How students use e-books - reading or referring?

A. Noorhidawati, F. Gibb

Research output: Contribution to journalArticle

31 Citations (Scopus)

Abstract

This paper reports a study on students' perceptions and reactions towards e-books in Higher Education (HE). During this study a Web survey and a follow-up study were conducted using students from University of Strathclyde as a sample population. The Web survey revealed that there were three different types of e-book use in an academic setting: (a) fact finding; (b) finding relevant content; and (c) extended reading. The most popular reason for using e-books was for "finding relevant content" which indicated that e-books were not read in their entirety but instead were consulted or used for reference purpose. The Web survey finding was then confirmed by the follow-up study. This study is valuable for designing a better e-book features in which they should be designed according to what purpose the e-books are used for (i.e. for reference purpose or extended reading or both). If the e-books are intended to be used for reference purpose, the features might include practical searching and browsing features, whereas if the e-books are designed for extended reading they should be provided with features that are conducive for on-screen reading such as a good layout design and navigation tools.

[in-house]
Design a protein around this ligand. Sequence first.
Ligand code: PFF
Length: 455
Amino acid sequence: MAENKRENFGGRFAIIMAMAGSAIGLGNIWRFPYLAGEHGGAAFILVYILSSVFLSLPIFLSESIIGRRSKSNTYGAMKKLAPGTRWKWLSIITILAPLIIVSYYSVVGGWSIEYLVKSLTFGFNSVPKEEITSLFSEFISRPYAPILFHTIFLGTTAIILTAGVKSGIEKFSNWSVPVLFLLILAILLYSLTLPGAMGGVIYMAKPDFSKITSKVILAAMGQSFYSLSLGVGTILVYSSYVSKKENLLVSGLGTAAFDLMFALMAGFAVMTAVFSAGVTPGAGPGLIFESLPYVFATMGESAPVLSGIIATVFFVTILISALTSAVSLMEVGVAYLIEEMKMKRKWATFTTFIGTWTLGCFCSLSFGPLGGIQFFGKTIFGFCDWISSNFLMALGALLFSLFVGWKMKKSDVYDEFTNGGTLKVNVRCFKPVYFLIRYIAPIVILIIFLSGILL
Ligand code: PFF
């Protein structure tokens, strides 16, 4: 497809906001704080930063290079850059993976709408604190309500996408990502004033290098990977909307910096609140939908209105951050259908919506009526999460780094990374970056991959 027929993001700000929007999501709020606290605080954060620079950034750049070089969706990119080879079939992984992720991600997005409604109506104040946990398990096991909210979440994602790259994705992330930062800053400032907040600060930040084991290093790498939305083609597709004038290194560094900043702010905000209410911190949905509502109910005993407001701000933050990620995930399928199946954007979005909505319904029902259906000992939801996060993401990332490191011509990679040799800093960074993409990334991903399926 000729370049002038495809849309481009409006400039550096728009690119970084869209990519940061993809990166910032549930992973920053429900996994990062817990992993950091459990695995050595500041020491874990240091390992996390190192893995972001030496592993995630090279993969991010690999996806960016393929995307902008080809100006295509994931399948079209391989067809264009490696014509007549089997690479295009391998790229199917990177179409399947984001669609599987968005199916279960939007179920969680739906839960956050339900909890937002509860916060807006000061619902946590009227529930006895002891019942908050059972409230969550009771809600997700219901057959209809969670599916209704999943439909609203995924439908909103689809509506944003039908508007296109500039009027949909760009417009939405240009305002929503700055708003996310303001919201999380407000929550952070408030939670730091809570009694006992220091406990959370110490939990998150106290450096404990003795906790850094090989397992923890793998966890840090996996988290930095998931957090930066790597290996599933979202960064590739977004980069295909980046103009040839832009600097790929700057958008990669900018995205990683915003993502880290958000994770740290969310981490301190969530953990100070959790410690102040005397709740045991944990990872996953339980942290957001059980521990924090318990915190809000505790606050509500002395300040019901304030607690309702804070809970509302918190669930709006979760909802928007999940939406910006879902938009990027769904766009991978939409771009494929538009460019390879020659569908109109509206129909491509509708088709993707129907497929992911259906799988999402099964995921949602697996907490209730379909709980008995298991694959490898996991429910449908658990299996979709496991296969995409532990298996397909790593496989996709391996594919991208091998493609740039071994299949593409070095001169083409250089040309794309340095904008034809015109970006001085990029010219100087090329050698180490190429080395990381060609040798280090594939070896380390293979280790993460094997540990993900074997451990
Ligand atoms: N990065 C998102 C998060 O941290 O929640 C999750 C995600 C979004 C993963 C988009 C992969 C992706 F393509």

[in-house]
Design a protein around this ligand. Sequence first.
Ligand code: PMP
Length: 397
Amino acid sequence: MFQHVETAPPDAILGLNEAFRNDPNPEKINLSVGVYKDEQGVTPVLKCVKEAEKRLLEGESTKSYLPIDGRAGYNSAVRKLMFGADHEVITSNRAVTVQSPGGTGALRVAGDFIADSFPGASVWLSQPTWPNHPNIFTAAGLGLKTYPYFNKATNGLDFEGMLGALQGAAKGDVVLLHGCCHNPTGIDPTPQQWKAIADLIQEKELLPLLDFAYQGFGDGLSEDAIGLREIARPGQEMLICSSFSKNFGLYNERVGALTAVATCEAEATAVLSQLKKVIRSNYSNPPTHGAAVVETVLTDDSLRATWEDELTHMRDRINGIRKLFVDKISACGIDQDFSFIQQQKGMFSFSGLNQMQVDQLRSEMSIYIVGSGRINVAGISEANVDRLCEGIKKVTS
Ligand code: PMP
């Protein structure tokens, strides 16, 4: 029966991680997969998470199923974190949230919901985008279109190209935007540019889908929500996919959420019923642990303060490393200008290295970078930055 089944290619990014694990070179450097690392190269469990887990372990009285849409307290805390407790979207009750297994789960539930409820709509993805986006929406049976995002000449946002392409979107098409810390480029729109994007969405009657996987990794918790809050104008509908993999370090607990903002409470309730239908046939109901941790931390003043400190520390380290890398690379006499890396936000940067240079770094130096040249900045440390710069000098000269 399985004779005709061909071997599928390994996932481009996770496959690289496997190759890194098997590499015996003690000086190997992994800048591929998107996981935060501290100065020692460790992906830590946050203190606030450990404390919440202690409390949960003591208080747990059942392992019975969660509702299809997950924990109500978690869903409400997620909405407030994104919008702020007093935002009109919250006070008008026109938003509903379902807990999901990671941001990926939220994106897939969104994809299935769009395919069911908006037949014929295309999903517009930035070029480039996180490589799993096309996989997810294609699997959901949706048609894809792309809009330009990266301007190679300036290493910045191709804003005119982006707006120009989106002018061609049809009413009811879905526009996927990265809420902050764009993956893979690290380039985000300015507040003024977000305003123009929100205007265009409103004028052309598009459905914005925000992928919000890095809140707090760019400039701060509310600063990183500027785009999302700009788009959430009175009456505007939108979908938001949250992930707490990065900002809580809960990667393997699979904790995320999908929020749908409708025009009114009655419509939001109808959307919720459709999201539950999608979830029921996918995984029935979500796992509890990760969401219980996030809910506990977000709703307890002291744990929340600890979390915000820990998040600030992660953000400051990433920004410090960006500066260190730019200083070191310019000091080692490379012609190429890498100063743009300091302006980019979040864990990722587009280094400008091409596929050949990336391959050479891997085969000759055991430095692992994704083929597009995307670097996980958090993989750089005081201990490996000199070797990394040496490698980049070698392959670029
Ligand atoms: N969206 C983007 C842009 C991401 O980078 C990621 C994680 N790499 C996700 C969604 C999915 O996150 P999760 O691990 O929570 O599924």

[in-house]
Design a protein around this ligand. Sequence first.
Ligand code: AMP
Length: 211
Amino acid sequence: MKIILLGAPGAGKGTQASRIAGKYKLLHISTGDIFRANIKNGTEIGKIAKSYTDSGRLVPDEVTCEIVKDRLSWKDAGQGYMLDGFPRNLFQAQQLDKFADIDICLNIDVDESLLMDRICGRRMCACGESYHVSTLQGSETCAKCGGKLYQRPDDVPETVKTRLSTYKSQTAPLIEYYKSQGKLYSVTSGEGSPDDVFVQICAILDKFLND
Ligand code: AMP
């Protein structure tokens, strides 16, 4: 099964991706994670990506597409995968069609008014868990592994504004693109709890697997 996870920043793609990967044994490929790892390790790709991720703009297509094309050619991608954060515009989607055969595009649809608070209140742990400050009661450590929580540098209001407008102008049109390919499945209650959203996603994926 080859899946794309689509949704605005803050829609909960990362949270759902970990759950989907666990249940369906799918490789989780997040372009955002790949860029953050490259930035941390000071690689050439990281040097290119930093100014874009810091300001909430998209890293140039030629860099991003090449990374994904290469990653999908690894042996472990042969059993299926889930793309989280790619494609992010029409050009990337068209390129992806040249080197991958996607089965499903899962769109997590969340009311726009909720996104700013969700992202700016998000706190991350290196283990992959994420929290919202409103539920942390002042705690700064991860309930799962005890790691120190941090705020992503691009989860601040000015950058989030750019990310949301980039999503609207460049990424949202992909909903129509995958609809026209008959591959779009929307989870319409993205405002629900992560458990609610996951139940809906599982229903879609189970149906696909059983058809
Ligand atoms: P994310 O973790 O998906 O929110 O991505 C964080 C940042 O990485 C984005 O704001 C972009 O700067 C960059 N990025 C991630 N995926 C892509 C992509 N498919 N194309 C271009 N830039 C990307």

Original languageEnglish
Pages (from-to)1-14
Number of pages13
JournalMalaysian Journal of Library and Information Science
Volume13
Issue number2
Publication statusPublished - Dec 2008

Keywords

  • e-books
  • electronic books
  • e-book usage
  • e-book features
  • academic libraries
  • e-book design

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